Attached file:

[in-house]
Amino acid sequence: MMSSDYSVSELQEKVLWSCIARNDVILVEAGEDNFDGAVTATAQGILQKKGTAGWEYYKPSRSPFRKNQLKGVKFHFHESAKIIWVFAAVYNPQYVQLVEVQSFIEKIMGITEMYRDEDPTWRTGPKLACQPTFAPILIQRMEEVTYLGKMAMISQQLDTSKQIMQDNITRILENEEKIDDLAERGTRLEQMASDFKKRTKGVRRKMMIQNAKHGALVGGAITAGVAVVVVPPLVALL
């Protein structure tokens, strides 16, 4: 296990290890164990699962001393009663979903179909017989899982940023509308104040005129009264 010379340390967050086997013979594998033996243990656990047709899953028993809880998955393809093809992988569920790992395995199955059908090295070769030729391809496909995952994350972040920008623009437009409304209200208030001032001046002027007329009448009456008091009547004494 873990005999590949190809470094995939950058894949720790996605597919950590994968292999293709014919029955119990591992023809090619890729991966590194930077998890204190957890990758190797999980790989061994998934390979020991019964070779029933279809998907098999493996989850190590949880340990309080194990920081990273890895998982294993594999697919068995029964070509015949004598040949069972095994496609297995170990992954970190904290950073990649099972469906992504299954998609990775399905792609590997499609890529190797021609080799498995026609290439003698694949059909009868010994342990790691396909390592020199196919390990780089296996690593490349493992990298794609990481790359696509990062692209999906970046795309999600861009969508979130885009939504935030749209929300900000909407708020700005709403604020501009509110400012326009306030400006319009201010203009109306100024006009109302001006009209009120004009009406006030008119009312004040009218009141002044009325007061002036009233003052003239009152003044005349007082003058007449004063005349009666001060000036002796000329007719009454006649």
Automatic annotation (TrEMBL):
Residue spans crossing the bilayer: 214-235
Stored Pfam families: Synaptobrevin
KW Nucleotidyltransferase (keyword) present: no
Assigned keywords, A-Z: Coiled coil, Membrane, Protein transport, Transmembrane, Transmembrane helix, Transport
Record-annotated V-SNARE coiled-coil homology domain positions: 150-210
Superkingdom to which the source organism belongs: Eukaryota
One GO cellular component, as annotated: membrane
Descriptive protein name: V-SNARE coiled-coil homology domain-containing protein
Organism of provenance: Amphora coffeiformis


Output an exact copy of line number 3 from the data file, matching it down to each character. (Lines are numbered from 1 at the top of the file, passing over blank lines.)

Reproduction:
């Protein structure tokens, strides 16, 4: 296990290890164990699962001393009663979903179909017989899982940023509308104040005129009264 010379340390967050086997013979594998033996243990656990047709899953028993809880998955393809093809992988569920790992395995199955059908090295070769030729391809496909995952994350972040920008623009437009409304209200208030001032001046002027007329009448009456008091009547004494 873990005999590949190809470094995939950058894949720790996605597919950590994968292999293709014919029955119990591992023809090619890729991966590194930077998890204190957890990758190797999980790989061994998934390979020991019964070779029933279809998907098999493996989850190590949880340990309080194990920081990273890895998982294993594999697919068995029964070509015949004598040949069972095994496609297995170990992954970190904290950073990649099972469906992504299954998609990775399905792609590997499609890529190797021609080799498995026609290439003698694949059909009868010994342990790691396909390592020199196919390990780089296996690593490349493992990298794609990481790359696509990062692209999906970046795309999600861009969508979130885009939504935030749209929300900000909407708020700005709403604020501009509110400012326009306030400006319009201010203009109306100024006009109302001006009209009120004009009406006030008119009312004040009218009141002044009325007061002036009233003052003239009152003044005349007082003058007449004063005349009666001060000036002796000329007719009454006649």